The Walking Dead Season 2, Episode 4 review: Life and Death

This review covers the latest episode in an ongoing season, and may contain minor spoilers.
Death is better than zombification, but life is the best option of all. Even in a hellhole of a world; even with rotting corpses hunting you down every path, salivating for your flesh; even when you have to kill your friends every day – life is the better option.

That's what "Amid the Ruins" teaches us. More than any previous episode of The Walking Dead, it throws the importance of life in our faces – the fragility of breathing, the futility of fighting, the need to do it anyway – and it makes us wish for life harder than we ever have. Not necessarily our own lives, either. Clementine, for her part, is capable and in charge in this episode. She's rarely in direct danger herself (at least not in any way she hasn't already conquered 50 times before), but she bears witness to the potential deaths of many others, multiple times over. She saves some people. She kills some people. And she survives.

She lives.
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The Walking Dead Season 2, Episode 4 "Amid the Ruins" (7/22/2014)

Amid the Ruins adds a few bodies to the "they might return as a zombie later" pile, and it adds even more to the "they definitely won't return as a zombie later" group. For many of these (former) people, Clementine plays an active role in their fates, deciding when and where to shoot, axe or abandon them. Her actions aren't without consequence, nor are her words – the group is increasingly splintered, mentally, emotionally and physically. To name a few: Kenny is violently losing his mind, Sarah is incapacitated by anxiety and shock, Jane is cold, Rebecca is about to give birth, Luke is grief-stricken and his vigilance is slipping. Clementine is one of the only survivors holding it together, and so she's the one who often makes the difficult decisions. She's in the thick of the battles and a voice of reason during arguments, and both of these roles have the capacity to shatter her relationships with certain survivors.

Still, Amid the Ruins finds reasons for us to continue seeking these relationships, reasons for us make friends with people in the group even when we know we'll probably have to stick an axe in their skulls down the line. Jane is a wonderful example of this dynamic: She's a lone wolf traveling with this hodge podge of survivors – for now. So far she's been shrewd and practical, showing little emotion but exceptional skill in taking on hordes of zombies. She knows how to survive alone, and she could easily leave at any moment, but instead, she makes a point to take Clementine aside and share her story. Jane takes the time to teach Clementine new moves and to tell her that she could survive alone, without the liability of people who aren't as fast, strong or smart as Clementine is. Jane has a softer side and the ability to care deeply, two traits that make the idea of her leaving even more upsetting.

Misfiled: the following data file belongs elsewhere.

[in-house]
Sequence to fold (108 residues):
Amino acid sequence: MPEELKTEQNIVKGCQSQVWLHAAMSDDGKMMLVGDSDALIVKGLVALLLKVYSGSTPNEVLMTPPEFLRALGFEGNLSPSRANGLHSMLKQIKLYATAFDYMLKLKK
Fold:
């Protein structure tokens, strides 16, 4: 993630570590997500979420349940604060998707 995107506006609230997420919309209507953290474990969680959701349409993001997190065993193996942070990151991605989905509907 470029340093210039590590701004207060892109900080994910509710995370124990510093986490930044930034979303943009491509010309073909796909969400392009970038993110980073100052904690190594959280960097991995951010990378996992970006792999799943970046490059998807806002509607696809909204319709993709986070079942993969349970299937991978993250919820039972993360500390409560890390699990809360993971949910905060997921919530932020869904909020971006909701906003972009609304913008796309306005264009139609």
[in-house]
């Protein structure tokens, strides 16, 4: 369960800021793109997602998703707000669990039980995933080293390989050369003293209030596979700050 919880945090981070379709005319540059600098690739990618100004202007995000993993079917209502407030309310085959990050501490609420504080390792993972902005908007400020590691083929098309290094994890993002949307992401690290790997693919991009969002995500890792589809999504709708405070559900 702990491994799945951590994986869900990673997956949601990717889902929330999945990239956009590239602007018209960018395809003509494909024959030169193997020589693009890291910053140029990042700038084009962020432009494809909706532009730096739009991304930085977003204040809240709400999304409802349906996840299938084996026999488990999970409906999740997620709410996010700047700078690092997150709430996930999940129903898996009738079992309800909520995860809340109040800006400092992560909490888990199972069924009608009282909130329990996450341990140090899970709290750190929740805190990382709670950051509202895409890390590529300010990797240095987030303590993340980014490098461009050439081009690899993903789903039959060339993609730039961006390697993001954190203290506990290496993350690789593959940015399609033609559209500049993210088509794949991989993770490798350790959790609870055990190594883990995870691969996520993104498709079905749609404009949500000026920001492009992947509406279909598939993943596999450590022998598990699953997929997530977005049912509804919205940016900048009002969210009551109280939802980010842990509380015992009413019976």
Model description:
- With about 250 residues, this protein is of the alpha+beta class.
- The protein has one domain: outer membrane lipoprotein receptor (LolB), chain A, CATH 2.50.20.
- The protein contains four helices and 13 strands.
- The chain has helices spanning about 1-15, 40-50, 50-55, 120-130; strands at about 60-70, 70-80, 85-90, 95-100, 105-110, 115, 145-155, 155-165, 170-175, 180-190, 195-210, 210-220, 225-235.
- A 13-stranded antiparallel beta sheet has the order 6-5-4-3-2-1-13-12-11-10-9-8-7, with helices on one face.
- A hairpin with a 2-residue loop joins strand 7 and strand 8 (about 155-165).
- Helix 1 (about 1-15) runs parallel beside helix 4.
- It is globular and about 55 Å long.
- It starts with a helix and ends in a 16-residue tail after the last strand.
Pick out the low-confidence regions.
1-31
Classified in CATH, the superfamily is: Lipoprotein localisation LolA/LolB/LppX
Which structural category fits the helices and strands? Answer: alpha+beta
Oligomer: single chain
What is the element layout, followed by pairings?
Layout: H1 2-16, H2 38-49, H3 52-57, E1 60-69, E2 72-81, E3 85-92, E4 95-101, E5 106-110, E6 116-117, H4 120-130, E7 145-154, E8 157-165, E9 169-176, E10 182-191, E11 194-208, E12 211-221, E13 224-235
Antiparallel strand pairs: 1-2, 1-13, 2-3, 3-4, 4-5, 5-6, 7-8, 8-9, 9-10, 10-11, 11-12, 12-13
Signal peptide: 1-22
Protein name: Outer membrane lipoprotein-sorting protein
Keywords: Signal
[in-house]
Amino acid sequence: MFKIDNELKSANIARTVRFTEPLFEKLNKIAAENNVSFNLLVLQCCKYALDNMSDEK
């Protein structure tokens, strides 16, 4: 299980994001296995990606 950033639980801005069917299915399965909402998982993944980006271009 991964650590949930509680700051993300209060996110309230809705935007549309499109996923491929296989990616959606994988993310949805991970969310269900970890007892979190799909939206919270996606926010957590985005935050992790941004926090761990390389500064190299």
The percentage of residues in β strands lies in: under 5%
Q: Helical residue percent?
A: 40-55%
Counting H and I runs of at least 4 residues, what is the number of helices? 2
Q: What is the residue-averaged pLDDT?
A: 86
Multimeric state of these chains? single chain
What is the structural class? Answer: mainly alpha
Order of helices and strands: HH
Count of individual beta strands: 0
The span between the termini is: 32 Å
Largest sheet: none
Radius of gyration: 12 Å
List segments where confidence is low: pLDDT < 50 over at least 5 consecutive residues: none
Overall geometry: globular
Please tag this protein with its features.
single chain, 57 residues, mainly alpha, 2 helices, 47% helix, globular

And then there's Rebecca's baby. This is the fulcrum of Amid the Ruins, the center around which all of the slaughtering, scavenging and arguing balances. Rebecca goes into labor early on, and the group's goal switches in an instant; instead of "How will we survive?" it becomes "How will we safely deliver this baby?" The question of if this baby should be born is also raised – a reminder of the reality in which these characters live.

This episode asks moral questions aside from "kill or don't kill?": At what point do other survivors become threats to be eliminated, rather than people going about their own business? When do the rules that governed behavior before the apocalypse fly out the window? When is it OK to steal? Can you trust anyone? Should anyone trust you?

Everyone is doing what they think is right. Clementine is doing the right thing when she kills someone who is about to turn, even if it crushes other members of the group. The crux of it, however, is that she's also doing the right thing if she doesn't make the kill. These "right" actions change with every player's experience – we are all doing what we think is right, and there are hundreds of definitions of the concept, each presented four dialogue options at a time. Being right doesn't mean being good, or fair, or just. Doing the right thing could mean leaving someone to die, shooting a friend in the head or calling someone a jerk. It could mean saving someone's life, but that kind of serendipitous opportunity doesn't manifest often in the zombie apocalypse.

Whatever we decide, Telltale makes sure that we feel each action. Amid the Ruins forces us to swing that axe again and again and again in unsavory situations; it forces us to feel each step through a mass of hungry zombies, and it makes the steps leading up to an uncomfortable conversation just as tense.

Amid the Ruins is a simple episode, in theory. It revolves around a woman giving birth in impossible circumstances, an event that is going to happen no matter what you do, but it provides a myriad of paths to get there. Friendships are formed or destroyed in this episode, survivors die by your hand, and more people are shown for the fragile monsters they truly are. In this world, one second you're living, and the next, you're not dead – and that's far worse than being dead.

This review is based on a pre-release Steam download of The Walking Dead: Amid the Ruins, provided by Telltale Games. Images: Telltale Games.

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